Although they may sound as if they’re better suited to a dystopian sci-fi flick, in the corporate world “control owners” are the managers and subject specialists that internal audit teams rely on to understand whether the processes and controls the company uses to protect itself from risk are working, and then to fix any that aren’t.
This relationship has worked well for a number of decades but, in more recent years, continuous changes to companies, industries, and economies – at an increasing pace – has left these control owners more distracted, less likely to do their job well, and less responsive to the audit team’s work.
Hundreds of heads of audit in the CEB Audit network have said they’re concerned about the effect of this constantly shifting landscape on their ability to assure the board and senior team that critical risks are well-controlled.
And there is any number of trends that can be used to show how that landscape is shifting: in the S&P 500, Compustat data show that M&A activity has more than doubled each of the past three years; cross-border trade continues unabated at firms around the world; and many managers are experimenting with all kinds of new org structures and business models in a bid to bring in more money.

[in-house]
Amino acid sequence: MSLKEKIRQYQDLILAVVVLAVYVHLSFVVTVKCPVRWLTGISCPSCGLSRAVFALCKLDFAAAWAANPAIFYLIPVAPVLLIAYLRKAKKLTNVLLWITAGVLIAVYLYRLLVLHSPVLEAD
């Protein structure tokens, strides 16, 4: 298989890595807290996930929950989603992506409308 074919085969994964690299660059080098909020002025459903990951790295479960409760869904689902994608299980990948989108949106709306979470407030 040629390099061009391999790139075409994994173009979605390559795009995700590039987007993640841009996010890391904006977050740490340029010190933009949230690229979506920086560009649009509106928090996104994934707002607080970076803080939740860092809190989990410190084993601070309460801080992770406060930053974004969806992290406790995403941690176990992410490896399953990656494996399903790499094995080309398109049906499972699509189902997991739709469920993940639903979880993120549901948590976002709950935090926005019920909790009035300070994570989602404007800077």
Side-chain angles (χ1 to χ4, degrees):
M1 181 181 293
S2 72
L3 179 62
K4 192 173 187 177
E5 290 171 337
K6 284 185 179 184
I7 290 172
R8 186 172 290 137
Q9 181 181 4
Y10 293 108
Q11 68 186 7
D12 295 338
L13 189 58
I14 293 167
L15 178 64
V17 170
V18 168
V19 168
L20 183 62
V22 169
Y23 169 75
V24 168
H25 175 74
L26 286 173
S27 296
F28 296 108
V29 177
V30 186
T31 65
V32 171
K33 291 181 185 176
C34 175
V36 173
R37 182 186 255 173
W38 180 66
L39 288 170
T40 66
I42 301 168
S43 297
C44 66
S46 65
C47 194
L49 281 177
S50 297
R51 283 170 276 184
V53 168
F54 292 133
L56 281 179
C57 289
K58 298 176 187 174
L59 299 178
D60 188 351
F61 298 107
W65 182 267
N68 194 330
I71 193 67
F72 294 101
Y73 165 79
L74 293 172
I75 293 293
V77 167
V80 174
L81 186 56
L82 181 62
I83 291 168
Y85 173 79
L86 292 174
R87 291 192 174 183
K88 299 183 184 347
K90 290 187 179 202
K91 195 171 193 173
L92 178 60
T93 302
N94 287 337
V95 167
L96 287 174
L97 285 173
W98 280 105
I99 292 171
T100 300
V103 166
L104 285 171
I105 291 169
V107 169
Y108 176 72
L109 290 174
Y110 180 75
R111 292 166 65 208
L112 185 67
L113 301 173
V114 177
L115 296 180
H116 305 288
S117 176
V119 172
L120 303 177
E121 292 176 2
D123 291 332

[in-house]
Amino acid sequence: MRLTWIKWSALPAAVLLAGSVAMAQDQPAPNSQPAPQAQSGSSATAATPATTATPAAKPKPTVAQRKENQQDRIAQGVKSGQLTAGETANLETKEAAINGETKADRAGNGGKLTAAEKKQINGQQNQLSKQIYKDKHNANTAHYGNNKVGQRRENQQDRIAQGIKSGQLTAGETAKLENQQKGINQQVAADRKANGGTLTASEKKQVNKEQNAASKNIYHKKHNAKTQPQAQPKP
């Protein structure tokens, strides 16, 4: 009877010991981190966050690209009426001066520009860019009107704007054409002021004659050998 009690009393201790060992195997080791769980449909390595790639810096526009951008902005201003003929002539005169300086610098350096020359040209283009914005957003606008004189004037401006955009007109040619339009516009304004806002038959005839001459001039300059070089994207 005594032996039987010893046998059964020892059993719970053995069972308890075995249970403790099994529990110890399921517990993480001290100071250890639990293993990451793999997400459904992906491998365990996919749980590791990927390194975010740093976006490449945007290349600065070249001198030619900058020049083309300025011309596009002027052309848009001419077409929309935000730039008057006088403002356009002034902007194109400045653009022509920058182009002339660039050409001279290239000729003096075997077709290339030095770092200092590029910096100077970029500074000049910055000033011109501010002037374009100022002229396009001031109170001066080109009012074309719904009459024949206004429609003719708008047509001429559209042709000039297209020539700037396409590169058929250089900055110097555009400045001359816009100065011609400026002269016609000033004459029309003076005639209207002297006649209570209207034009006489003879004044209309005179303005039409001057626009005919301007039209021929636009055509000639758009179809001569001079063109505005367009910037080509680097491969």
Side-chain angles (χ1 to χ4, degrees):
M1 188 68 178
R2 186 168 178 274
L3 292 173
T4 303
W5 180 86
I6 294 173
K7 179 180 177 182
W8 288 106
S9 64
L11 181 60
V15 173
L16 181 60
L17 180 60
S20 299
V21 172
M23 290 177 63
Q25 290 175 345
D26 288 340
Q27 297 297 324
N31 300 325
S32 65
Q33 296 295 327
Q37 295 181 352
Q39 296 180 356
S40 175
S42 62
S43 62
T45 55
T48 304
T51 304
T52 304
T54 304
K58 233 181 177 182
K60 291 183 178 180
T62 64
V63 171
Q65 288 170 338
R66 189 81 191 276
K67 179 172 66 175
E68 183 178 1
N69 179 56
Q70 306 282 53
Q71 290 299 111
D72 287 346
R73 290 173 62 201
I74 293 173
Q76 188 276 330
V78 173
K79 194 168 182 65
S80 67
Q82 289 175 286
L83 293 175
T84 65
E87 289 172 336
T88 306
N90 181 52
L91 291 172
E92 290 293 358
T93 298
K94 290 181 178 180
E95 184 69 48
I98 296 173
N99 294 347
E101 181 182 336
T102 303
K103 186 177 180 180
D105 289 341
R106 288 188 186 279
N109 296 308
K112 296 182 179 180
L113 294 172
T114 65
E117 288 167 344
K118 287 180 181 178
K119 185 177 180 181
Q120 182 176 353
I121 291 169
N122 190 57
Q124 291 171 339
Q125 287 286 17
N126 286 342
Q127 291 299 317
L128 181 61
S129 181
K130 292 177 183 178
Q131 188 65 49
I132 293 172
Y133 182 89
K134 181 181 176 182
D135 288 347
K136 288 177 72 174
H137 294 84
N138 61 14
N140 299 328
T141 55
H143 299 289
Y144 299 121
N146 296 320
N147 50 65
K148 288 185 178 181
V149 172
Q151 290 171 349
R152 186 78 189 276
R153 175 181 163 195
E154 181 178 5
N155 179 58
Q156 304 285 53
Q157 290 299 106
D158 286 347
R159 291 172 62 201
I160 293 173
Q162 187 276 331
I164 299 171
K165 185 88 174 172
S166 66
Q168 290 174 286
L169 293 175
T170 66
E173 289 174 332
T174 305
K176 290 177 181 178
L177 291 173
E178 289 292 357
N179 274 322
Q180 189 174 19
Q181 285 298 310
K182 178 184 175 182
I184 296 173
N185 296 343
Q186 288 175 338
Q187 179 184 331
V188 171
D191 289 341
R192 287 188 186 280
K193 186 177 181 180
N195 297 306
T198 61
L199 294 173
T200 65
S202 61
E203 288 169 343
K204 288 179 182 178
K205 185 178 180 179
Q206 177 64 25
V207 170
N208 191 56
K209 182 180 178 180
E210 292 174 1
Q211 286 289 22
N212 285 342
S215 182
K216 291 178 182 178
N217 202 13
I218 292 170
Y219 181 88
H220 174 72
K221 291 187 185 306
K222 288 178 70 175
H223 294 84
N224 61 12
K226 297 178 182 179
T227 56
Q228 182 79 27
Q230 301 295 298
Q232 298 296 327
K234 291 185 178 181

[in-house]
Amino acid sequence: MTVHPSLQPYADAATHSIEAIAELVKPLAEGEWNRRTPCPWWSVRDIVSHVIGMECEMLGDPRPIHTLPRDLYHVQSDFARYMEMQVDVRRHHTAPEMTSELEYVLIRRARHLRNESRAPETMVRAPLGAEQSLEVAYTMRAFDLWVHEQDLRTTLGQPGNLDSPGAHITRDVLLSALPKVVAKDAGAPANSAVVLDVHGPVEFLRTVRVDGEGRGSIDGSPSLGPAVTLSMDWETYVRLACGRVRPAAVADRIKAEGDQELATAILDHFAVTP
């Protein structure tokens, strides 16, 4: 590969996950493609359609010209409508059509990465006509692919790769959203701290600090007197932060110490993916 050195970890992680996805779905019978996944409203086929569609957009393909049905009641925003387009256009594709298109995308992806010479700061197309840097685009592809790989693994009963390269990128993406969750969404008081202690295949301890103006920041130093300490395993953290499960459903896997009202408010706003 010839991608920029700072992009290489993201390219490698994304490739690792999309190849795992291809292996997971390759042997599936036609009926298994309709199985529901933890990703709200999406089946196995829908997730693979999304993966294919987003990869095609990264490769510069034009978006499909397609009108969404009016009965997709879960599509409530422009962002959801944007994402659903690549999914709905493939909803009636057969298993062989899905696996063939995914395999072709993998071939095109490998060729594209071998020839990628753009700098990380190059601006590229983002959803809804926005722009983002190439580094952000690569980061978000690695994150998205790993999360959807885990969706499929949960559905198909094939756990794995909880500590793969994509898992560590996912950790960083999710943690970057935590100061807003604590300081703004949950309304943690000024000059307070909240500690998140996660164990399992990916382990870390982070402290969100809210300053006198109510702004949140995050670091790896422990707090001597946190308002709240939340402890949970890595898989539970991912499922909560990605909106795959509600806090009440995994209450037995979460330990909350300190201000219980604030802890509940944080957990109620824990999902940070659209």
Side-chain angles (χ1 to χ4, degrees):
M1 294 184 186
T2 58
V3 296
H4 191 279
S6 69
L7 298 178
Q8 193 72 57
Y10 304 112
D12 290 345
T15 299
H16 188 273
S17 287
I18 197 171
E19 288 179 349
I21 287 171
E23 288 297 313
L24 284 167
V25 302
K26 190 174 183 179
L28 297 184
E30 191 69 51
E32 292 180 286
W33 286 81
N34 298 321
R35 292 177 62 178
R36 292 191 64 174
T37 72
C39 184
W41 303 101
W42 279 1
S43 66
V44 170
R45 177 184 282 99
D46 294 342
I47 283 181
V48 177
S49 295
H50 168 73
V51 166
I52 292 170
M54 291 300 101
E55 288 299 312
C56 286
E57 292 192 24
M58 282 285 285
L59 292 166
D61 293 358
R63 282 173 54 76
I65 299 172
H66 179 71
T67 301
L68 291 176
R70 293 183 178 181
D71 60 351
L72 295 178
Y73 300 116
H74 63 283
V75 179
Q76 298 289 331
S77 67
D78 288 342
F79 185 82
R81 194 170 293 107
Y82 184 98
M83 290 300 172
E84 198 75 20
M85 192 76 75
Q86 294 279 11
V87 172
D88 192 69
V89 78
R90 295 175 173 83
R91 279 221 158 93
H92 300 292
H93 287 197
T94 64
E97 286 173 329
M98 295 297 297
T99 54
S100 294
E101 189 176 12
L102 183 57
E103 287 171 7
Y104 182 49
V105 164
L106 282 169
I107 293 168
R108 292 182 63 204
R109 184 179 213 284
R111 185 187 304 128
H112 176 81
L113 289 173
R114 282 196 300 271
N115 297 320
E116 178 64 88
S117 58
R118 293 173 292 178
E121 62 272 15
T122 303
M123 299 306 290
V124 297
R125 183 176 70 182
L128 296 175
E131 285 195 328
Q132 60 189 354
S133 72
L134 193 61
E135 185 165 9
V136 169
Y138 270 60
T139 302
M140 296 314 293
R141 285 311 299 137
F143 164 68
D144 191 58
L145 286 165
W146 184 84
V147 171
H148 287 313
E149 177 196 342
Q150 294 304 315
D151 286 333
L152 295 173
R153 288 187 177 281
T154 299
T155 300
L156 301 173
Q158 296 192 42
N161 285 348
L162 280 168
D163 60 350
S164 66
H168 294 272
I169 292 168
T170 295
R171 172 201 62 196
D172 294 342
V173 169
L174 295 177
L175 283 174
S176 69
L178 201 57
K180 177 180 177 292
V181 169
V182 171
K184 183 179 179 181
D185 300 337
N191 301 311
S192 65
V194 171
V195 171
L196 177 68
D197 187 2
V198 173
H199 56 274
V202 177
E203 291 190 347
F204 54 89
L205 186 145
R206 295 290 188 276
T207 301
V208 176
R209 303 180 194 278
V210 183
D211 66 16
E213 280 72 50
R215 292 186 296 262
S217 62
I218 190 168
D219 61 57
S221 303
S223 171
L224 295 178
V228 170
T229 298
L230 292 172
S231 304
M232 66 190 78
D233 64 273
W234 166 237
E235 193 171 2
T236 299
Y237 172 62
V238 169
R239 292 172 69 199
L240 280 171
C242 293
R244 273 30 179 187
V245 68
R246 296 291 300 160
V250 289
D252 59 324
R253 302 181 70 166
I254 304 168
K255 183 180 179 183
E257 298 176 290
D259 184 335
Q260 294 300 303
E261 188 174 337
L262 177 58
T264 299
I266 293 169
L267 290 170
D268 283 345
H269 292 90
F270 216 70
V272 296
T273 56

Control Owners’ Concerns
Indeed, the average control owner has experienced four changes – such as a restructuring or a substantial difference in his or her role – in the past 12 months, and expects four more by the end of this summer. And crucially, the people who manage and maintain policies and procedures in operations and support functions (HR, Finance, IT etc), which is an incredibly important place for Audit to be able to provide its assurance, see 29% more changes than the general employee population.
These data come from a survey of nearly 4,000 control owners about what is changing in their work environment and how they think these changes will affect them and their work (see chart 1). The data show how the control owners in areas such as Finance, IT, HR and Legal are more likely to fail in their core duties when they wrestle with business change.
Chart 1: Control owner survey results n=6,206 Source: CEB 2016 Control Owner Survey
Audit’s New Role
This sets-up an important new responsibility for Internal Audit. It must measure – and improve – control owners’ ability at managing these processes and in responding to Audit’s questions and worries, but auditors must get better at doing this without adding an undue burden.
The big and relentless changes that large companies are imposing on themselves in a bid get one-up on the competition generate more risks for many of them at just the time their managers are less able to prevent and control those risks. Time for Audit to step into the breach.